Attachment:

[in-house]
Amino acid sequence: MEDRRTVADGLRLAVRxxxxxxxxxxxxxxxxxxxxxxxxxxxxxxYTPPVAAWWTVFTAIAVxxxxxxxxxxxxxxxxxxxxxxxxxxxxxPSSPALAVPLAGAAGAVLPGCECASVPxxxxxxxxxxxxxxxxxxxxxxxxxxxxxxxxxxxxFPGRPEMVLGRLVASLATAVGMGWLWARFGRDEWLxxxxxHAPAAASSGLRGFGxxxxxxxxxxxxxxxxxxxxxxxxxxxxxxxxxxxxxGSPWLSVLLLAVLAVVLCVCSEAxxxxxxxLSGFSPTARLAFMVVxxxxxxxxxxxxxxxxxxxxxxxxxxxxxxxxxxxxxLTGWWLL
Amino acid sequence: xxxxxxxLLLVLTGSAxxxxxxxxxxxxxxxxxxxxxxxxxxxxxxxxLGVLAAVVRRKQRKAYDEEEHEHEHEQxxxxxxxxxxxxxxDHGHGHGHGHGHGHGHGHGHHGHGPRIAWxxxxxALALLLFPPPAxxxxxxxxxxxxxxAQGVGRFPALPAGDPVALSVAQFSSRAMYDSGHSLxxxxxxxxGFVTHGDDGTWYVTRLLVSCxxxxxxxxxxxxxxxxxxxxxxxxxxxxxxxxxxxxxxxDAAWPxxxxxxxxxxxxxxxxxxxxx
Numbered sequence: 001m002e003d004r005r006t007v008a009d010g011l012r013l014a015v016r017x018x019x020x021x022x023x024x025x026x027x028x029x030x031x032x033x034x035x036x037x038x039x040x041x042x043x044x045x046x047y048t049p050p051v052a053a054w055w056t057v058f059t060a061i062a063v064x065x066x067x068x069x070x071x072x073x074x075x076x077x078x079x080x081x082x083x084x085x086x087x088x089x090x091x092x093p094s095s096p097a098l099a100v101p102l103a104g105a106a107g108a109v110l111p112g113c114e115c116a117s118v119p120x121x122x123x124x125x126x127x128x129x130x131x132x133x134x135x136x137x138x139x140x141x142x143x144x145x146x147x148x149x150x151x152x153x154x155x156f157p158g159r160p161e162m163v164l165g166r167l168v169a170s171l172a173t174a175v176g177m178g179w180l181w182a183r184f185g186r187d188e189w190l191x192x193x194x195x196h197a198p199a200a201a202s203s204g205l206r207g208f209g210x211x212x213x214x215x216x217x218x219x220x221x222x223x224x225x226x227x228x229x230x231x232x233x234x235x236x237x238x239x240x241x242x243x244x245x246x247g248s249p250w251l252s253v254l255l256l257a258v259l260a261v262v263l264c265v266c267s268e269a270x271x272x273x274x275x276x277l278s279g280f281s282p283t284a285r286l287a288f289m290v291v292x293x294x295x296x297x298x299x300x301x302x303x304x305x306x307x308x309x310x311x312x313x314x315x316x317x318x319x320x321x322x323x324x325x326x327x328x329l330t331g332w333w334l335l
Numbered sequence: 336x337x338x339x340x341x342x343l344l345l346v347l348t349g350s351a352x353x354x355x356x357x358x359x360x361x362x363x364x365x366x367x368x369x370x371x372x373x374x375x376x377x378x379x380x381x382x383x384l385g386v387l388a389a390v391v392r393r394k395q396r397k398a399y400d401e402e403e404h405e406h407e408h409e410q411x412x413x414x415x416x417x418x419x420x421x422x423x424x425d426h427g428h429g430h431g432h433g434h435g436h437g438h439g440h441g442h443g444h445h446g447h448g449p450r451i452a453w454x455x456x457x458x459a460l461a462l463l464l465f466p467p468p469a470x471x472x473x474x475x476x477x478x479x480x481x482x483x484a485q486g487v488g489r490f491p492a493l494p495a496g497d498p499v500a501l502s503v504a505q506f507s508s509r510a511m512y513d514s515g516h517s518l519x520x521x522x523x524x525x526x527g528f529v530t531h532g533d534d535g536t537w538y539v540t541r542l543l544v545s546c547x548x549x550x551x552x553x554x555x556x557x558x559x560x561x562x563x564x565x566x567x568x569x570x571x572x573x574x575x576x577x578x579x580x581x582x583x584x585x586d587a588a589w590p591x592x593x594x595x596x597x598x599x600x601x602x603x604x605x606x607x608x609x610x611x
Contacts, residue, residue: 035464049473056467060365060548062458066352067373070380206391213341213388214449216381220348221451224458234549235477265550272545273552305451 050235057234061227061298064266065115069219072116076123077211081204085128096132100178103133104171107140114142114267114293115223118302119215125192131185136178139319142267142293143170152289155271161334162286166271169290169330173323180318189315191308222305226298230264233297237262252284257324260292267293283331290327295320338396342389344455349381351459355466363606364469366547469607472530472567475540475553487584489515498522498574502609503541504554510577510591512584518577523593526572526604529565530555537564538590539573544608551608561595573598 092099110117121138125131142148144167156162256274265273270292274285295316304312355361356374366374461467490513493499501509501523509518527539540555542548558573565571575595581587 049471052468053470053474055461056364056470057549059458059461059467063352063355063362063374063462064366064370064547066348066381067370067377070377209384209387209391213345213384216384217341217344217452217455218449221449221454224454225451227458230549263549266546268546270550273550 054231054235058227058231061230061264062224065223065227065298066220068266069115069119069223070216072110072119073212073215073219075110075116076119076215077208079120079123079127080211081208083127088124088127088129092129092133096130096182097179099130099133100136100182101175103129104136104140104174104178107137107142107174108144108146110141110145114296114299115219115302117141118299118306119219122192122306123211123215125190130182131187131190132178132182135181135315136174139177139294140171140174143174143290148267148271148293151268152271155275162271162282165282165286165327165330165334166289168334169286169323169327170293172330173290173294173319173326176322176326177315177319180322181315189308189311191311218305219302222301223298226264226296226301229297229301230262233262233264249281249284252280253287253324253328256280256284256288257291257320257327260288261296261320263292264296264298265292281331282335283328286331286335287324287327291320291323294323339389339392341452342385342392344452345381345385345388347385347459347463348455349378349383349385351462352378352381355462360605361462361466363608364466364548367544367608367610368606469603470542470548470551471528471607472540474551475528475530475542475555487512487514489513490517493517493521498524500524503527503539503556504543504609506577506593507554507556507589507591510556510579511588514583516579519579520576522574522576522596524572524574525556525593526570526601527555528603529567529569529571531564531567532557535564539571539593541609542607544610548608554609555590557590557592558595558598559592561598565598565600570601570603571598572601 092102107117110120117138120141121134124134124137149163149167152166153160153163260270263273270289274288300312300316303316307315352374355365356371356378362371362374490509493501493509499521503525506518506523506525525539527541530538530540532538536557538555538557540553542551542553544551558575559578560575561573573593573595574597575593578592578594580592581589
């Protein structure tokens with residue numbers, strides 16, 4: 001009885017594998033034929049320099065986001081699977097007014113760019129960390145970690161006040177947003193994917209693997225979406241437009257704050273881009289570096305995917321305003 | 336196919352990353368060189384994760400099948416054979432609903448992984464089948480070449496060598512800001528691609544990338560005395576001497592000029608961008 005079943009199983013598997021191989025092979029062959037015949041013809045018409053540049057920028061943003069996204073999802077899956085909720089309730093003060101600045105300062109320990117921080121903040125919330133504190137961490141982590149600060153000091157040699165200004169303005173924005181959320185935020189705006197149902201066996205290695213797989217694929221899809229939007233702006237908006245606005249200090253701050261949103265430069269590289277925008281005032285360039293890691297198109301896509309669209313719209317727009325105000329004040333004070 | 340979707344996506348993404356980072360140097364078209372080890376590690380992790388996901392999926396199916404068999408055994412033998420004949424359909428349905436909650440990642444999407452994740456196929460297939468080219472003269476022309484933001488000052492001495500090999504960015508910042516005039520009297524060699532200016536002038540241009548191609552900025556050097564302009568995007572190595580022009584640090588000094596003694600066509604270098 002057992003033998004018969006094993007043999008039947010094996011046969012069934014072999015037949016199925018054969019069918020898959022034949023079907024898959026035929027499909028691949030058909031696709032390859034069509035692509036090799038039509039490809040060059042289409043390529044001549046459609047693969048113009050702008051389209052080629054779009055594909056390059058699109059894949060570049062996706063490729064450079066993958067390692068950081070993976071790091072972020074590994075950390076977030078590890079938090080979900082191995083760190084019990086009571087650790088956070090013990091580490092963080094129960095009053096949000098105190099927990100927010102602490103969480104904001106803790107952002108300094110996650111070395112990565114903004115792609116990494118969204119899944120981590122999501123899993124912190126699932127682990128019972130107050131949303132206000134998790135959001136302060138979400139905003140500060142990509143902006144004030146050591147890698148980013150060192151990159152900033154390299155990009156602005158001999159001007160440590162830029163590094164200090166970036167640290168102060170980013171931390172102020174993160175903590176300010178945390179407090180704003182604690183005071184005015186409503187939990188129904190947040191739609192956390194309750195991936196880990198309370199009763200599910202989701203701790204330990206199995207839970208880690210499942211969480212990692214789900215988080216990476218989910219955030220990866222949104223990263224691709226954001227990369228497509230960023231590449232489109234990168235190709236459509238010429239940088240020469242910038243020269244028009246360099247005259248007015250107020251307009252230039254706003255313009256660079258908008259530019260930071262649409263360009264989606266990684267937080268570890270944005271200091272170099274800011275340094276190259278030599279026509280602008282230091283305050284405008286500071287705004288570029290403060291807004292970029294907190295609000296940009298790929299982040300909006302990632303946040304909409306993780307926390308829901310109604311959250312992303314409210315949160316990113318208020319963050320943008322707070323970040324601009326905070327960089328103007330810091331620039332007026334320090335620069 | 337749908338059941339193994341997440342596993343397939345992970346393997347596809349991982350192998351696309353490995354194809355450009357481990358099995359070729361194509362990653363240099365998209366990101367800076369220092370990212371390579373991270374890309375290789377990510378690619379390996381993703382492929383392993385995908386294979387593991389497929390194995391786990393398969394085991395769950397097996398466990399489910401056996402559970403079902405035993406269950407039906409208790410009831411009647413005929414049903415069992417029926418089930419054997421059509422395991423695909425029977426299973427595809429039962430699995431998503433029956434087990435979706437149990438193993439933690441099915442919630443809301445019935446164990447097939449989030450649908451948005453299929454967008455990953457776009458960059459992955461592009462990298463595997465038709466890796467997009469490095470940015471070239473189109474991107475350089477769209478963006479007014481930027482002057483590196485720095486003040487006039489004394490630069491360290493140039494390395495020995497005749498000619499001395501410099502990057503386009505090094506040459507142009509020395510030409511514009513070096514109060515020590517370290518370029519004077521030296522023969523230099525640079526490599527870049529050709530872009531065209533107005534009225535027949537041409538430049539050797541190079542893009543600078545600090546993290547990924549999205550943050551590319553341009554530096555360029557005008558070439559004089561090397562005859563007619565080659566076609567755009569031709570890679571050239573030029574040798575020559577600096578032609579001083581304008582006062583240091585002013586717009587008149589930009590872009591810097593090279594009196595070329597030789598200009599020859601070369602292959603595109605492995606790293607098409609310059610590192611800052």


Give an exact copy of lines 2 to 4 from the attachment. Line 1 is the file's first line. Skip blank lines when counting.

Amino acid sequence: MEDRRTVADGLRLAVRxxxxxxxxxxxxxxxxxxxxxxxxxxxxxxYTPPVAAWWTVFTAIAVxxxxxxxxxxxxxxxxxxxxxxxxxxxxxPSSPALAVPLAGAAGAVLPGCECASVPxxxxxxxxxxxxxxxxxxxxxxxxxxxxxxxxxxxxFPGRPEMVLGRLVASLATAVGMGWLWARFGRDEWLxxxxxHAPAAASSGLRGFGxxxxxxxxxxxxxxxxxxxxxxxxxxxxxxxxxxxxxGSPWLSVLLLAVLAVVLCVCSEAxxxxxxxLSGFSPTARLAFMVVxxxxxxxxxxxxxxxxxxxxxxxxxxxxxxxxxxxxxLTGWWLL
Amino acid sequence: xxxxxxxLLLVLTGSAxxxxxxxxxxxxxxxxxxxxxxxxxxxxxxxxLGVLAAVVRRKQRKAYDEEEHEHEHEQxxxxxxxxxxxxxxDHGHGHGHGHGHGHGHGHGHHGHGPRIAWxxxxxALALLLFPPPAxxxxxxxxxxxxxxAQGVGRFPALPAGDPVALSVAQFSSRAMYDSGHSLxxxxxxxxGFVTHGDDGTWYVTRLLVSCxxxxxxxxxxxxxxxxxxxxxxxxxxxxxxxxxxxxxxxDAAWPxxxxxxxxxxxxxxxxxxxxx
Numbered sequence: 001m002e003d004r005r006t007v008a009d010g011l012r013l014a015v016r017x018x019x020x021x022x023x024x025x026x027x028x029x030x031x032x033x034x035x036x037x038x039x040x041x042x043x044x045x046x047y048t049p050p051v052a053a054w055w056t057v058f059t060a061i062a063v064x065x066x067x068x069x070x071x072x073x074x075x076x077x078x079x080x081x082x083x084x085x086x087x088x089x090x091x092x093p094s095s096p097a098l099a100v101p102l103a104g105a106a107g108a109v110l111p112g113c114e115c116a117s118v119p120x121x122x123x124x125x126x127x128x129x130x131x132x133x134x135x136x137x138x139x140x141x142x143x144x145x146x147x148x149x150x151x152x153x154x155x156f157p158g159r160p161e162m163v164l165g166r167l168v169a170s171l172a173t174a175v176g177m178g179w180l181w182a183r184f185g186r187d188e189w190l191x192x193x194x195x196h197a198p199a200a201a202s203s204g205l206r207g208f209g210x211x212x213x214x215x216x217x218x219x220x221x222x223x224x225x226x227x228x229x230x231x232x233x234x235x236x237x238x239x240x241x242x243x244x245x246x247g248s249p250w251l252s253v254l255l256l257a258v259l260a261v262v263l264c265v266c267s268e269a270x271x272x273x274x275x276x277l278s279g280f281s282p283t284a285r286l287a288f289m290v291v292x293x294x295x296x297x298x299x300x301x302x303x304x305x306x307x308x309x310x311x312x313x314x315x316x317x318x319x320x321x322x323x324x325x326x327x328x329l330t331g332w333w334l335l